Growing A Garden From a Wheelchair

Gardening is good therapy.

That’s what Cherry Overway says.

“When you see weeds, you’ve got a choice,” said Overway, 73. “You can watch it get worse or you can do something.”

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Overway’s garden is tucked away at the end of Myrtle Avenue in Holland. You stroll through it to get to “The Cherry Tree House,” where she has lived 48 years, which faces East End Drive.

The long, narrow garden features 647 varieties of flowers, almost all of them perennials. The garden comes alive with color with the blooming of the crocuses in March and continues through October with the mums. 

A seven-month garden is a fine achievement in West Michigan. What’s more astounding is that Overway tends it all from her wheelchair, a rolling stool or by scooting along while sitting on the end of a wagon.

“It’s a lot of work in the spring, but it’s nice to get out here after sitting in the house all winter,” said Overway, who contracted polio at 18 months of age, before the vaccine was invented. “During the summer, I’m outside 12 to 15 hours a day. Sometimes I’m working but mostly I’m just enjoying it.”

Overway likes to share her garden with friends and neighbors. Members of the Holland Horticultural Club encouraged her to throw a garden party in 2001, and Overway has continued the tradition every year since on the first Sunday of June, when her irises are in their glory.

Close to 100 people stop by some years – and not just for Cherry’s Memphis-style barbecue.

Overway enjoys telling guests who ask the history of her garden, which was an open space when her daughters Kathy and Kristi were little.

But a neighbor, who has since moved, decided to erect a fence. Her neighbor on the other side later did the same, framing in her irregular-shaped lot.

So, Overway did what gardeners do when they’re slightly miffed. She planted marigolds on her property line.

She liked the color. She liked finding new and exotic plants. Truthfully, she says she couldn’t resist buying plants she didn’t have. And friends and family gave her plants for special occasions.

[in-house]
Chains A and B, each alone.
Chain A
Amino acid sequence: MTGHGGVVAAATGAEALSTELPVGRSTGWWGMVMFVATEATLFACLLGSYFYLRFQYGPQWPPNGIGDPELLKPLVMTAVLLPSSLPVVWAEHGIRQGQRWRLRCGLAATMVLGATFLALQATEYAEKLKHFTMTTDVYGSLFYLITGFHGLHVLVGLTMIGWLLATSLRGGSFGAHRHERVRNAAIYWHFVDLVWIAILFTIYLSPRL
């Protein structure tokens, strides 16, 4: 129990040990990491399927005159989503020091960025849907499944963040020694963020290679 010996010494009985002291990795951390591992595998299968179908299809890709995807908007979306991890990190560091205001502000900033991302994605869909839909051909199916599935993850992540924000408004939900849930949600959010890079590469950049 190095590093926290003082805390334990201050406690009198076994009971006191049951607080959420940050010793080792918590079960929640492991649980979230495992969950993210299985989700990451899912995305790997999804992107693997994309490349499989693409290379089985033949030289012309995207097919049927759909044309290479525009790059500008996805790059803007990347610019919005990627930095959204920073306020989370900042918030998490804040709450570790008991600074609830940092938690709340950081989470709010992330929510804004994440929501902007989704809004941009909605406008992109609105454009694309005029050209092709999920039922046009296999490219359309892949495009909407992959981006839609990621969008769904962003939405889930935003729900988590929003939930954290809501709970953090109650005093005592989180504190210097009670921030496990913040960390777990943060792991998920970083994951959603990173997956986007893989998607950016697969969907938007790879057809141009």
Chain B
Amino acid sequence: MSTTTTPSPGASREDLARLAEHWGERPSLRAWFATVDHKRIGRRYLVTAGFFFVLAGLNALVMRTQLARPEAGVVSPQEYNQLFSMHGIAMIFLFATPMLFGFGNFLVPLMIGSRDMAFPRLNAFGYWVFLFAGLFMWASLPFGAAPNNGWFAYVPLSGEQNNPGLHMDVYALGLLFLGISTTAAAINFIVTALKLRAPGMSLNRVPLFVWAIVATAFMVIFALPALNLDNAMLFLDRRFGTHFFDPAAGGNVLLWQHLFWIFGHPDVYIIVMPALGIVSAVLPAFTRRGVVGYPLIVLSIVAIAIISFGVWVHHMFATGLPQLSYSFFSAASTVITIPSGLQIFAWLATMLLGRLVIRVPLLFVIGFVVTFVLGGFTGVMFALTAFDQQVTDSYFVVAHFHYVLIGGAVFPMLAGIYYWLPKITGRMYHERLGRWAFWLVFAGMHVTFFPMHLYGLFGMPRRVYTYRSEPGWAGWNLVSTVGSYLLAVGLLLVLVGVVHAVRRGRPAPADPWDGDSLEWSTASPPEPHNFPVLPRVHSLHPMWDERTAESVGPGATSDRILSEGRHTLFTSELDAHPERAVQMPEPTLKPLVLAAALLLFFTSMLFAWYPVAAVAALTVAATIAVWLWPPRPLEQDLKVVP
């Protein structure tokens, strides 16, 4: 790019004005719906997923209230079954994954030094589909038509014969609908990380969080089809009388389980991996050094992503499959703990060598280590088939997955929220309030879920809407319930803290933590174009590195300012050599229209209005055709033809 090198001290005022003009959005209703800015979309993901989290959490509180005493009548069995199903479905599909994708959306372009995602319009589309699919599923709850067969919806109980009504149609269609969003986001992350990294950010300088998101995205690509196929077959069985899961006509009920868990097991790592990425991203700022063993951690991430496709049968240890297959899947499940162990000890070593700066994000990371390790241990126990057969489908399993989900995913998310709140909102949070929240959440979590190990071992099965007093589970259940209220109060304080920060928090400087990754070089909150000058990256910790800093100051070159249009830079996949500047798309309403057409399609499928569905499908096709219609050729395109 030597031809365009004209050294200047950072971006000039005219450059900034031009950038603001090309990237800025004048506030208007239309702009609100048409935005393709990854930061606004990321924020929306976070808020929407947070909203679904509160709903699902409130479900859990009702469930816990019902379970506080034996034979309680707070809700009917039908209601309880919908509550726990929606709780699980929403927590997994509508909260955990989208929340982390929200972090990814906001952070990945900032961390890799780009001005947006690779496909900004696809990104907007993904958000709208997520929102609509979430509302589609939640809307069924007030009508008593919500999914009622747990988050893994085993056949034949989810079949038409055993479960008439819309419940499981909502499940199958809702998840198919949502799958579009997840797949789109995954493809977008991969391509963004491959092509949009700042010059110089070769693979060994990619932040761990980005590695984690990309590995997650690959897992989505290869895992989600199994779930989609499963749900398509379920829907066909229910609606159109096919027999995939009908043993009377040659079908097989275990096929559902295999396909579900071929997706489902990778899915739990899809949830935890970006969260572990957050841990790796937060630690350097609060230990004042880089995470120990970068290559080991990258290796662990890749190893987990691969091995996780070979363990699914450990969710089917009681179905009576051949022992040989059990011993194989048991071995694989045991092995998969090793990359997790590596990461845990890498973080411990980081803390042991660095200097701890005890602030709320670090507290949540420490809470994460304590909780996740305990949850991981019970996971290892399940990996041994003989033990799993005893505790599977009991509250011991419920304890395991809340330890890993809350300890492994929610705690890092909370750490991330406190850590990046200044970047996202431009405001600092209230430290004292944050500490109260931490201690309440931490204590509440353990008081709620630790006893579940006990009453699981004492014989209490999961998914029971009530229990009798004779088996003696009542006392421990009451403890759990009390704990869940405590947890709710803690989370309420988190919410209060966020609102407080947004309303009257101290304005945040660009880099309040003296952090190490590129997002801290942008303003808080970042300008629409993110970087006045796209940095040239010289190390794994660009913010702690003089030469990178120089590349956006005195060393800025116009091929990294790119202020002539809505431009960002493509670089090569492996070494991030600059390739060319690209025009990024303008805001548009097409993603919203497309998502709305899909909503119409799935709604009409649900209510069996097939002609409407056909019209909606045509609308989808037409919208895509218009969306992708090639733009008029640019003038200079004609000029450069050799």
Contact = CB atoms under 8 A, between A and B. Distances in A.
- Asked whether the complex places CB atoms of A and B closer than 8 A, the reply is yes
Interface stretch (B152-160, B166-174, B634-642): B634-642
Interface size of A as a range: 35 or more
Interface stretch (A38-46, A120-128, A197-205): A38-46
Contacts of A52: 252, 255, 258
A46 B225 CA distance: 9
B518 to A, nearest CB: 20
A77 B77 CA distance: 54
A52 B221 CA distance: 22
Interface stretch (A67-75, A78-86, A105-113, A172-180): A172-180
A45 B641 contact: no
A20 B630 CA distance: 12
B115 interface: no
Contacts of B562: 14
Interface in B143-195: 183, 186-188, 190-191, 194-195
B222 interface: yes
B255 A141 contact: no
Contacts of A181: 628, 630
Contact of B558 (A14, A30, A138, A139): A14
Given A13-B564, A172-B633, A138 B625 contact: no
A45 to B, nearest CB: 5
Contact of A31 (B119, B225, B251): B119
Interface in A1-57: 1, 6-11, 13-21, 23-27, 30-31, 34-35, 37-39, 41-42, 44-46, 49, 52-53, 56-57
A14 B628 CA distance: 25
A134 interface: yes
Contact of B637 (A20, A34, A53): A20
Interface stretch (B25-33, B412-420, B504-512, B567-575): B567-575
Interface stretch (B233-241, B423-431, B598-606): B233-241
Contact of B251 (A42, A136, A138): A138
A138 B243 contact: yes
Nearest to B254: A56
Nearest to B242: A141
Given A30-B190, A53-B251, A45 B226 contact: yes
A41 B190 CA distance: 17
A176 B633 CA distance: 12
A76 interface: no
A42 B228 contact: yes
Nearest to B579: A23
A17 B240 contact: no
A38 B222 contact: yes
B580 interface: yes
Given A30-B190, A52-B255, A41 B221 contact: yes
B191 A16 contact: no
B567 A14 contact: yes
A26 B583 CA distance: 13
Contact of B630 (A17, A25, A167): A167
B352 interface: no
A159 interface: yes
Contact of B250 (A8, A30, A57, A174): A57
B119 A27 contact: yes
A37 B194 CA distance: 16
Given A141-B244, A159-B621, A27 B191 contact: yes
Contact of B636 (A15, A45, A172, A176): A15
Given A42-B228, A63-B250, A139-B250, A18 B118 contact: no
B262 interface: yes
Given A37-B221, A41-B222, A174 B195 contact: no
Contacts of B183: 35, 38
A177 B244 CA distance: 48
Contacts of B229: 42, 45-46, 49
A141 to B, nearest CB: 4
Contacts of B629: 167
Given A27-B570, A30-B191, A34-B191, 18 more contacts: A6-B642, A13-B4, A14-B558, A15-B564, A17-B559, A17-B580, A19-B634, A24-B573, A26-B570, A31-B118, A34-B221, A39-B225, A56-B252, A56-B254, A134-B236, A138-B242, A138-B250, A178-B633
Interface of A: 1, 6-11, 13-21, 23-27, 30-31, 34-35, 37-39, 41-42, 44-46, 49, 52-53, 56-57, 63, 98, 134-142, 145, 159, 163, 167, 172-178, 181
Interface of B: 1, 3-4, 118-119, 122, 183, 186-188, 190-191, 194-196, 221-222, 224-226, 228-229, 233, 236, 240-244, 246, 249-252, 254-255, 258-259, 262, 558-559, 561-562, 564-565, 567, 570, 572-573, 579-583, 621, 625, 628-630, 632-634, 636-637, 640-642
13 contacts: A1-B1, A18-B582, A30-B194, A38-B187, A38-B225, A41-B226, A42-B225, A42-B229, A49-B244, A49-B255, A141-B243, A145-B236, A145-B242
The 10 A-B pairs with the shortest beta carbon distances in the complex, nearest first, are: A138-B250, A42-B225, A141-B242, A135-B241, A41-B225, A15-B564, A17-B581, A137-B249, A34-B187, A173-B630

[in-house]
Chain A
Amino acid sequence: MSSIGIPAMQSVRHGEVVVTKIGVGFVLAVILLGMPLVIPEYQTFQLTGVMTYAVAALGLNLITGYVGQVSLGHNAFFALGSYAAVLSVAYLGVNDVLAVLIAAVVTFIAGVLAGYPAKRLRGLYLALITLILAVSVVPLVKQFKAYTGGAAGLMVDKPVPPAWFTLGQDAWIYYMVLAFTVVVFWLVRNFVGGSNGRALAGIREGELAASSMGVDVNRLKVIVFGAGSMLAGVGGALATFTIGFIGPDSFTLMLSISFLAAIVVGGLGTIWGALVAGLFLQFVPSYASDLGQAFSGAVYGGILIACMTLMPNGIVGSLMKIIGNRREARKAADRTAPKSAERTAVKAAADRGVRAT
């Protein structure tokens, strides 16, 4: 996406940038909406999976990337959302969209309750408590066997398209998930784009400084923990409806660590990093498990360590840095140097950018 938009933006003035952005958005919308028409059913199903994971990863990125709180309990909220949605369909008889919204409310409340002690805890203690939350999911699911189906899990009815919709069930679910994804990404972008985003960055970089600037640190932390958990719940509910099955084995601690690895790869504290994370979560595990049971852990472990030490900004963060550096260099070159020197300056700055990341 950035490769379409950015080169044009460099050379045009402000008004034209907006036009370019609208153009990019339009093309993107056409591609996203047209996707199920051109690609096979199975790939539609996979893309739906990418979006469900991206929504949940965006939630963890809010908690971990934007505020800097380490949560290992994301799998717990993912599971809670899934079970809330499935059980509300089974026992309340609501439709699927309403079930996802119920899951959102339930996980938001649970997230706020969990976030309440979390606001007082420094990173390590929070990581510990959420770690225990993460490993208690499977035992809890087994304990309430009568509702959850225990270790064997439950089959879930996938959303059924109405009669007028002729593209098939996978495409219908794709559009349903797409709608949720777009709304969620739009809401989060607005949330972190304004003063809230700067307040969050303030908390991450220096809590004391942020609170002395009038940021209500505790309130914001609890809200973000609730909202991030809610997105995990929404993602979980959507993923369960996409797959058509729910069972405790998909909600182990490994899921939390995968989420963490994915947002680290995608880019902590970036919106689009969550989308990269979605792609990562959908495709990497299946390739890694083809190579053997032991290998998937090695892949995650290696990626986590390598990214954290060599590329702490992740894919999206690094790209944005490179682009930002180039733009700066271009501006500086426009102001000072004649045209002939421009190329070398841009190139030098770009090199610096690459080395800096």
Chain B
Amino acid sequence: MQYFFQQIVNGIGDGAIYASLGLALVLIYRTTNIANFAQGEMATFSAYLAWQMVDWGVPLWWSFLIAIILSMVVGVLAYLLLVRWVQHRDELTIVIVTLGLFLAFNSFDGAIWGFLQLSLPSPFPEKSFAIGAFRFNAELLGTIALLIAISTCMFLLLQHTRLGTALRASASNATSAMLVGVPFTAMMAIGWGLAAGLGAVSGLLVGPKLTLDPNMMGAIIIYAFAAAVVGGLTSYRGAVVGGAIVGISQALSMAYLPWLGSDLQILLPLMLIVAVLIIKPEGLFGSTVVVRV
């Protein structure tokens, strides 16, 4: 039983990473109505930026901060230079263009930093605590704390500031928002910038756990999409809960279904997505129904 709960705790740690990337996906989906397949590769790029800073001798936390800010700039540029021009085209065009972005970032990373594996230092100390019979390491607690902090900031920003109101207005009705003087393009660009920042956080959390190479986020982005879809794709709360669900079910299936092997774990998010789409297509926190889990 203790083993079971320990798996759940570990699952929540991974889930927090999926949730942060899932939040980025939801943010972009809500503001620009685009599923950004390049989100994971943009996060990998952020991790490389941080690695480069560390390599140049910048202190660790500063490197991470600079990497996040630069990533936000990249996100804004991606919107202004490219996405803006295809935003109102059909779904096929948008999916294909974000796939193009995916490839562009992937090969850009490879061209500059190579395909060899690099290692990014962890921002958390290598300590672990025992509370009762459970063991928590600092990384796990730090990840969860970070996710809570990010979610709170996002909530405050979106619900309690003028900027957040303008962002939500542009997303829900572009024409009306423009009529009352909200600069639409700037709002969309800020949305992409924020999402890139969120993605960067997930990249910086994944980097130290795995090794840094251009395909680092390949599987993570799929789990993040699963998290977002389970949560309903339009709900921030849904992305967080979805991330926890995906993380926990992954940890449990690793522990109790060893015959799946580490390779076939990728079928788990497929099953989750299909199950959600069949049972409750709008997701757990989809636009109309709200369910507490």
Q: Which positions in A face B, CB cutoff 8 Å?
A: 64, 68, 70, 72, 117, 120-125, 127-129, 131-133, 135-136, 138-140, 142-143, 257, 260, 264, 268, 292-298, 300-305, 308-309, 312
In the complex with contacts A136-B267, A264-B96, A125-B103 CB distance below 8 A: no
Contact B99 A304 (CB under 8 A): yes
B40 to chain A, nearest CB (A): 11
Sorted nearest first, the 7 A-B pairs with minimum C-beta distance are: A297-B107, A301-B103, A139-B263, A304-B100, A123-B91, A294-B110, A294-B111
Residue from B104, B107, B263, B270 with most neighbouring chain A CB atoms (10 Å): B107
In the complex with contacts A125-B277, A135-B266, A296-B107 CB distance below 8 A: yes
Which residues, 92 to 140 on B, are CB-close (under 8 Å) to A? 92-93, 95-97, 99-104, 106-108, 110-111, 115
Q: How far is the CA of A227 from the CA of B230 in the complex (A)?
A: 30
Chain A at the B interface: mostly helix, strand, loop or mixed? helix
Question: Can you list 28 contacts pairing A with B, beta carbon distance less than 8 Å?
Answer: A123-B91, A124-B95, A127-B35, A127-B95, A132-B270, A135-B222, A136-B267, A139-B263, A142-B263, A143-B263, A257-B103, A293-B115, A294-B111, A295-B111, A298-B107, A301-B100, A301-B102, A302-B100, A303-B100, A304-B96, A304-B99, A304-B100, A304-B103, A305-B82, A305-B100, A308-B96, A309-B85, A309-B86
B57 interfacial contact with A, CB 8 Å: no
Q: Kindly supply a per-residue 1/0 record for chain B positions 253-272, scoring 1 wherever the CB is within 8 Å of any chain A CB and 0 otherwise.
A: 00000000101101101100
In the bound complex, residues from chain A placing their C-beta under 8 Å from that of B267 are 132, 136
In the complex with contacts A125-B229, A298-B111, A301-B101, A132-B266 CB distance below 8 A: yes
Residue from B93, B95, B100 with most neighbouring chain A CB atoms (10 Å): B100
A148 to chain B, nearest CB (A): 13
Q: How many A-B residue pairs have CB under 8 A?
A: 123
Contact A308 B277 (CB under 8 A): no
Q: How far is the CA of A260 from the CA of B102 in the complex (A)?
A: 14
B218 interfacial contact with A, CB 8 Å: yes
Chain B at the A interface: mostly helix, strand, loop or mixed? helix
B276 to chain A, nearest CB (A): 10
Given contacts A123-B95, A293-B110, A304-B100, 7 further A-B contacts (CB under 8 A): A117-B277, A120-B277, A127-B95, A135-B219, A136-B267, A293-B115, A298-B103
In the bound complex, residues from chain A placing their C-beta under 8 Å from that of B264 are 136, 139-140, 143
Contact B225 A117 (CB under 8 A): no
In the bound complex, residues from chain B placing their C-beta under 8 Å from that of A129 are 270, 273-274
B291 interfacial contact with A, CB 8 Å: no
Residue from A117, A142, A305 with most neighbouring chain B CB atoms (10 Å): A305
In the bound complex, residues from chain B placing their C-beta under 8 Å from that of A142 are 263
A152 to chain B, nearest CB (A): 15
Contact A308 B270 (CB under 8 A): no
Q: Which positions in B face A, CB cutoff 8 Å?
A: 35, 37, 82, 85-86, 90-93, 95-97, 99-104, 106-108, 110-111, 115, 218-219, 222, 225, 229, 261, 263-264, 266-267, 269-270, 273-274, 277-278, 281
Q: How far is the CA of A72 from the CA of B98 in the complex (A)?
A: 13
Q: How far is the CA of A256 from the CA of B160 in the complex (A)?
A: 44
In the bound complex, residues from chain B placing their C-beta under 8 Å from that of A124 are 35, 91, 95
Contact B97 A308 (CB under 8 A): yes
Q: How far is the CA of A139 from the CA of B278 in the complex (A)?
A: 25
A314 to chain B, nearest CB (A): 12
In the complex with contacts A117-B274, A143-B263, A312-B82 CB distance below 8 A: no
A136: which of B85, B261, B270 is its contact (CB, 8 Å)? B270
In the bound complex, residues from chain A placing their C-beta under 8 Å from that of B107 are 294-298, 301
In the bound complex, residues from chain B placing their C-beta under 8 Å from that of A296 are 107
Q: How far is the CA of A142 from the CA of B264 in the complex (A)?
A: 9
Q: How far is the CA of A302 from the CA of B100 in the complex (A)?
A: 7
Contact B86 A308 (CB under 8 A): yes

Until four years ago, Overway was able to get around with a walker, but even then it usually worked better to garden from a seated position.

She designed her garden with raised beds that she doesn’t have to bend over to tend. The beds are narrow so she doesn’t have to reach far, but she also has gardening tools with good, fat grips that easier to use.

Paving and making paths wide enough to maneuver in a chair is essential, Overway said.  

Her original path, paved with concrete blocks, leads under an arbor where there are two steps down.  When Overway moved to a wheelchair, she needed to have a second path constructed to bypass the stairs. Most visitors don’t realize that the second path, this one created with wood planks, is an accessibility feature. It just all blends in, she said.

Watering a garden with a hose can be a nuisance if you’re pulling it from a wheelchair, Overway said. She has soaker hoses installed beneath the topsoil to keep her garden soil moist.

Even if she didn’t use a wheelchair, Overway says she would have “zero interest in mowing grass” because it has to be done weekly. Her front lawn, facing East End Drive, is covered in wood chips except for an octagon-shaped patch of grass.

“Somebody said I had to have some grass,” Overway said with a huff. “There it is. My neighbor mows it when he cuts his grass.”

Gardeners with disabilities are wise to plan before they plant, Overway said. If she hadn’t decided on narrow, raised beds, she couldn’t have continued adding to the garden when she went from a walker to a chair.

She finds she can do most of the work herself, but says she’s also fortunate to have neighbor’s she can “call anytime about anything.”

They’re always willing to help. They enjoy Cherry’s garden, too.